The prevailing mentality among Beltway Republicans is that passage of an imperfect immigration bill before the November elections is better than no bill at all. They might just find out how wrong they are when they experience the inevitable conservative backlash.
Why do we have to be faced with these false choices? The enactment of an imperfect bill, even if it would help to preserve the Republican majority in November, would be a classic case of sacrificing the long-term good for short-term political benefit.
I strongly believe we need to preserve a Republican majority, even though that majority is often controlled by dictatorial moderates -- as in the Gang of 14, seven of which are Republicans. The election of a true Democratic majority would have potentially horrifying consequences on domestic and national security issues across the board.
But with the immigration, we're not talking about some little throwaway issue, but one whose resolution could determine whether this country will ultimately retain its national identity. If anything closely resembling the Senate bill becomes law, we will be stacking the decks against ourselves in what already promises to be a formidable struggle to preserve the unique American culture.
The idea that we can later tweak an imperfect bill is pernicious folly. Not only is this bill far from merely "imperfect," the reality is that the law of entropy usually applies in politics as well as thermodynamics. If anything, an imperfect bill will, over time, become more imperfect.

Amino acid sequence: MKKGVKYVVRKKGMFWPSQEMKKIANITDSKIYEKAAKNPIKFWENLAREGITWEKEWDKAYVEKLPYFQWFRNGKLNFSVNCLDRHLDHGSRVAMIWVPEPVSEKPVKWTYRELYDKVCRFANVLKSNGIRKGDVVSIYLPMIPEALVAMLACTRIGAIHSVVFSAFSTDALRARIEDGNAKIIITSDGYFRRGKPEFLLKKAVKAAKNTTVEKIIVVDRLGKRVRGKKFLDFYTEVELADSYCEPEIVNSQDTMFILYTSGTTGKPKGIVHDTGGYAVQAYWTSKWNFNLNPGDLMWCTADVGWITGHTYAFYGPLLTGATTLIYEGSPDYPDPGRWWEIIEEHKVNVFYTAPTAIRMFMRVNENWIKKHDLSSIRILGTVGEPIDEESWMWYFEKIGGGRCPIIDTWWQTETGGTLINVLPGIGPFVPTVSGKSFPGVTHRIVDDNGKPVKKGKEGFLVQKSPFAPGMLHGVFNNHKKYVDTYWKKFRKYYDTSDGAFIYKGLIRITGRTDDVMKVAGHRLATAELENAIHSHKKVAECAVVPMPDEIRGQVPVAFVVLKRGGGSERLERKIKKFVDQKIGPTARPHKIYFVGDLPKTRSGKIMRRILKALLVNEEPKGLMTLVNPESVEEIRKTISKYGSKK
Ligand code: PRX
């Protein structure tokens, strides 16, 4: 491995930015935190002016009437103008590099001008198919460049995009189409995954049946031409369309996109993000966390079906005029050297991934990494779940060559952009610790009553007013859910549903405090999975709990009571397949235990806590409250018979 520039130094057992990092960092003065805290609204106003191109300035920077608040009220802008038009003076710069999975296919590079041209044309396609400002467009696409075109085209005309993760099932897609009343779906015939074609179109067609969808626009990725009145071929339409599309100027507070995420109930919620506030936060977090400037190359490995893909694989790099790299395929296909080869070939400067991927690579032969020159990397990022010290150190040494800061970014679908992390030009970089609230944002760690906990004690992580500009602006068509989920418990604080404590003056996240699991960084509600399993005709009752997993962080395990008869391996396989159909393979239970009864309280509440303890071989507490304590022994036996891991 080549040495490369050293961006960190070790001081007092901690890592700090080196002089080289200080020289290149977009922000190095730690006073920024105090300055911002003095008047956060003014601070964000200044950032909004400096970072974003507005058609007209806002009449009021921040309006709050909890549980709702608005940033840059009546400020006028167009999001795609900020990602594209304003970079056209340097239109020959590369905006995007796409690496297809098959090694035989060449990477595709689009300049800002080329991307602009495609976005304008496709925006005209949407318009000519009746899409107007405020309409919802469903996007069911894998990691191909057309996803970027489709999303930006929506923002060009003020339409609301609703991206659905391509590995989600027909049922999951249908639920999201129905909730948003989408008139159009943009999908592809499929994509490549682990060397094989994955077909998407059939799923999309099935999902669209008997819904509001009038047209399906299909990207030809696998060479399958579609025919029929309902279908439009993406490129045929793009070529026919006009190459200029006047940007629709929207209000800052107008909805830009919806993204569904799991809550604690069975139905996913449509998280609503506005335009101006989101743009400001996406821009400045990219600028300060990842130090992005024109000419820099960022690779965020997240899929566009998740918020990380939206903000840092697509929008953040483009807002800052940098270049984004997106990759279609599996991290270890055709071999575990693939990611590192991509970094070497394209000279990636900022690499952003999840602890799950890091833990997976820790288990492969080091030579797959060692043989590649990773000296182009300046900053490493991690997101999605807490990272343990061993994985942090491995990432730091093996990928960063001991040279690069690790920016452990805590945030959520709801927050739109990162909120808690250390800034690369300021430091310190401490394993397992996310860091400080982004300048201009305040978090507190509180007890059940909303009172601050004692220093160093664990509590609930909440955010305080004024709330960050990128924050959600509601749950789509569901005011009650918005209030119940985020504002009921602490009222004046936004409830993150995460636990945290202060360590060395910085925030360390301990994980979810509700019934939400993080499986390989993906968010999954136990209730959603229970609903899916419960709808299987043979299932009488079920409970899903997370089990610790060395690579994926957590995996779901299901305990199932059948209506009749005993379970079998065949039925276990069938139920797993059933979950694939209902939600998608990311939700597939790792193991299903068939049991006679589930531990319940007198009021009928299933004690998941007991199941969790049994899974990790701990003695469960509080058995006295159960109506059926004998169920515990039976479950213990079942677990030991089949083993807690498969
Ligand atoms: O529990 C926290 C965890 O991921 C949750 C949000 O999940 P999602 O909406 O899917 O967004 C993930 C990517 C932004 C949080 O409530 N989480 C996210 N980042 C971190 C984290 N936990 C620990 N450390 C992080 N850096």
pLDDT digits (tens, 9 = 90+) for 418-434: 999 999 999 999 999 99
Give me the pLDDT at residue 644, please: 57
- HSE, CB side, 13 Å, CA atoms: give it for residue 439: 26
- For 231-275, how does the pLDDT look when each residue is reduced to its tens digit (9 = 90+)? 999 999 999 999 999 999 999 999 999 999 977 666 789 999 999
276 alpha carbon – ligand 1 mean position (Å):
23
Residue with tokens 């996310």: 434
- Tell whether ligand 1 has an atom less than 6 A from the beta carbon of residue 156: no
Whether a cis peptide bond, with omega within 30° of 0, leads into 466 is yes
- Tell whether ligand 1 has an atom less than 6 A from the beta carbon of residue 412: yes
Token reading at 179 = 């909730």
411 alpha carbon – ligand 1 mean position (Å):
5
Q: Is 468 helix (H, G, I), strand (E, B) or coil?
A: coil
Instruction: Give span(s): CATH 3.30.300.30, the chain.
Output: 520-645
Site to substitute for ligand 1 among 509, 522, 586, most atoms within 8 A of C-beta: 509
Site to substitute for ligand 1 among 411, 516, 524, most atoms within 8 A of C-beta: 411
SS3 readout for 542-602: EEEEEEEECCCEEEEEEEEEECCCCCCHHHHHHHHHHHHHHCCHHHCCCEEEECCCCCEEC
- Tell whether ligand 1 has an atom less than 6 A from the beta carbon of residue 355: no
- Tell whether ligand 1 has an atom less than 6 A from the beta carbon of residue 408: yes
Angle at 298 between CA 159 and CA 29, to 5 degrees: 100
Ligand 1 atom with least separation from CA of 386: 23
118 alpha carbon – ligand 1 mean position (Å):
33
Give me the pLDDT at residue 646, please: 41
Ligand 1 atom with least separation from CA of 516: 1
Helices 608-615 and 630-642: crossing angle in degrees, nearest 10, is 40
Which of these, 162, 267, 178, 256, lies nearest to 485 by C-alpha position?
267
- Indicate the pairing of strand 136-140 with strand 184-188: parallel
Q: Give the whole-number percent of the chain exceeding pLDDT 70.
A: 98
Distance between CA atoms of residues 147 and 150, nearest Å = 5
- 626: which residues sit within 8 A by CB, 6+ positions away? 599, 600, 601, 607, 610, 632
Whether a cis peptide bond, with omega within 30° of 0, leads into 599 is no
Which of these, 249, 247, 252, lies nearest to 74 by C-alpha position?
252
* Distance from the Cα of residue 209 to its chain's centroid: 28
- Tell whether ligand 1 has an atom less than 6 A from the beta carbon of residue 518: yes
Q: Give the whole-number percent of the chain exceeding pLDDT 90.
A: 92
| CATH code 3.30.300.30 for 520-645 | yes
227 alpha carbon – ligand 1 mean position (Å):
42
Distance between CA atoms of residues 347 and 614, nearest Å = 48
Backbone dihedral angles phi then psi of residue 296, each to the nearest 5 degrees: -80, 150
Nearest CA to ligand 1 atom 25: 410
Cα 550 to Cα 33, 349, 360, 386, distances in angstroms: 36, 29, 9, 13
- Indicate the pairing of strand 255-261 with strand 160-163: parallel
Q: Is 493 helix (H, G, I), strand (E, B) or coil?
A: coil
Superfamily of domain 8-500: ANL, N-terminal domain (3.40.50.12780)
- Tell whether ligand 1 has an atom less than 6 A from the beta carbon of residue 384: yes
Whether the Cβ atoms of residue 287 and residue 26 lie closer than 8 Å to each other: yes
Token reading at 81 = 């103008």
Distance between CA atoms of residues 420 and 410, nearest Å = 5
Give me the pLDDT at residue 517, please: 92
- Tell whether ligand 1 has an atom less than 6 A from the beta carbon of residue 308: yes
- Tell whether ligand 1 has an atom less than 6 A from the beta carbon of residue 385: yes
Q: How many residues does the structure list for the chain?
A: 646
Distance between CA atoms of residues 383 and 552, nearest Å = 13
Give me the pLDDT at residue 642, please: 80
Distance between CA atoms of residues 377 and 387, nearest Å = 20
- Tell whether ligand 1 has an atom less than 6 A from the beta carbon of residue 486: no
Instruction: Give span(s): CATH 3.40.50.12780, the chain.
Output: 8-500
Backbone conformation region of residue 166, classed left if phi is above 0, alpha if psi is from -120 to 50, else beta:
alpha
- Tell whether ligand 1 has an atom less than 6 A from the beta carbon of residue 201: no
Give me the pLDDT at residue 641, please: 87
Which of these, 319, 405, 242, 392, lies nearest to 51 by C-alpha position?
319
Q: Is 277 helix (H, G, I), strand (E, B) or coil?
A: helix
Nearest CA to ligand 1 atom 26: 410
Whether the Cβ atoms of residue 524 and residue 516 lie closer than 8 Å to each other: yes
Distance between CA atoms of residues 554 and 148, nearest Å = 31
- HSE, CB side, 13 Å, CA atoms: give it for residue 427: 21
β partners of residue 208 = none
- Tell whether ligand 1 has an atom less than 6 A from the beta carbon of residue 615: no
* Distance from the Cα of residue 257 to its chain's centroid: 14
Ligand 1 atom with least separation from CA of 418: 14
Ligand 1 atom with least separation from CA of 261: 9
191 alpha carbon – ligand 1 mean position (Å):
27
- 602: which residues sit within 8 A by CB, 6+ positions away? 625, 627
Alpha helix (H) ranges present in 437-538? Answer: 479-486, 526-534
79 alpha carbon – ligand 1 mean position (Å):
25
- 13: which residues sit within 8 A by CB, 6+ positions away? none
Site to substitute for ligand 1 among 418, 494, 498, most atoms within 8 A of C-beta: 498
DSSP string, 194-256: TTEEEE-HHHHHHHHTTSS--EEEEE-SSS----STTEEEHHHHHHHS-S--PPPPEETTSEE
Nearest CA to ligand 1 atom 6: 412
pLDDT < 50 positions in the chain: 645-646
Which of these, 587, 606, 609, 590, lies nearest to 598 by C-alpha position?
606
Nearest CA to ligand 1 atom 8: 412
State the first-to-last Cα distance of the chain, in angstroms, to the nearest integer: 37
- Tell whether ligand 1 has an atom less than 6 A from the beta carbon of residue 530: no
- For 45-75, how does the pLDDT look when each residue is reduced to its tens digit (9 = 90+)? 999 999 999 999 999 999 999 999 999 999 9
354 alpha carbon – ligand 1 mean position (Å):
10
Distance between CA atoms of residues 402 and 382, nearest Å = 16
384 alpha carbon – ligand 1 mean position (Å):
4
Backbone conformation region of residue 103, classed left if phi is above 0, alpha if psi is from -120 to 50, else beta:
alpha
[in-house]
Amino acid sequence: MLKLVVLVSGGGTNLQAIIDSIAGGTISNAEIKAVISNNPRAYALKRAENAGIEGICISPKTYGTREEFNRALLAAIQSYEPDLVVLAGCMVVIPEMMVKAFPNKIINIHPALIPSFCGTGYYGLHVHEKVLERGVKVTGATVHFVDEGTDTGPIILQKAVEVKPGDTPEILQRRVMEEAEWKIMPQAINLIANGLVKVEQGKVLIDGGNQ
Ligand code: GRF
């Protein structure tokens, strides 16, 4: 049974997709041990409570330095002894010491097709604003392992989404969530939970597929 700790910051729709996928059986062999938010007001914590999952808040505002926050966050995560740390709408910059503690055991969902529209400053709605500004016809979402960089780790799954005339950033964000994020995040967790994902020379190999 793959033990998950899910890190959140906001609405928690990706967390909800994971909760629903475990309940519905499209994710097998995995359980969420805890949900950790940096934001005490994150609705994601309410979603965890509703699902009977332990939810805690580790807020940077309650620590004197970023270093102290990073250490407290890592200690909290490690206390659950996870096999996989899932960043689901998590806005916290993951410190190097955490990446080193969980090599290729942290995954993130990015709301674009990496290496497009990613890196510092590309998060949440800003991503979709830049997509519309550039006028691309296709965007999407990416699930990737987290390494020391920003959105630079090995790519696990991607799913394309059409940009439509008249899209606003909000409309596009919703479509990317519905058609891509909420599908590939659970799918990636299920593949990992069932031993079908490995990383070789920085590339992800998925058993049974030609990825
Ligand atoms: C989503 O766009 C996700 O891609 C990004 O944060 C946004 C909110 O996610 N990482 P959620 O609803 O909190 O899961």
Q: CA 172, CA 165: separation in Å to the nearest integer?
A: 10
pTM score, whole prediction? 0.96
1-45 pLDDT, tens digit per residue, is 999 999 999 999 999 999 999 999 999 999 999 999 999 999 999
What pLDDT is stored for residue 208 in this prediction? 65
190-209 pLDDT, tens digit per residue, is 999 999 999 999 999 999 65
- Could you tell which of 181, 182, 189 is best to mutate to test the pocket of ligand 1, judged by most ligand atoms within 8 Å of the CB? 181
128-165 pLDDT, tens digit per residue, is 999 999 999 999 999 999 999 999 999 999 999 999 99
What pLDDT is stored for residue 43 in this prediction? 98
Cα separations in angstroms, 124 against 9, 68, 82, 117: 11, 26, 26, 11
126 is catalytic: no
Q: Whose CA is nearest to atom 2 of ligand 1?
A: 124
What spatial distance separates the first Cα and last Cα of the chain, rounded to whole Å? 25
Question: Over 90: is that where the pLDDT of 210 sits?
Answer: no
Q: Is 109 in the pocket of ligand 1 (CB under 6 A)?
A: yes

Remember the Campaign Finance Reform Bill that President Bush signed, after having campaigned against it, offering the half-hearted assurance that the Supreme Court would probably declare it unconstitutional anyway? Well, they haven't, have they?
What's more, while the bill put a selective dagger through free speech in the critical 60 days prior to the election, it still didn't fulfill its specious promise of taking big money out of politics.
So now, Sen. McCain and his band of merry "reformers" want to further massage the bill and carve the imperfections of out it. Every version, including the present one, is presented as the bill to end all bills. But additional iterations just make matters worse, without correcting any of the so-called imperfections.
The last thing we need is another imperfect bill, this one on immigration, even if it means that Republicans have to take a hit in November.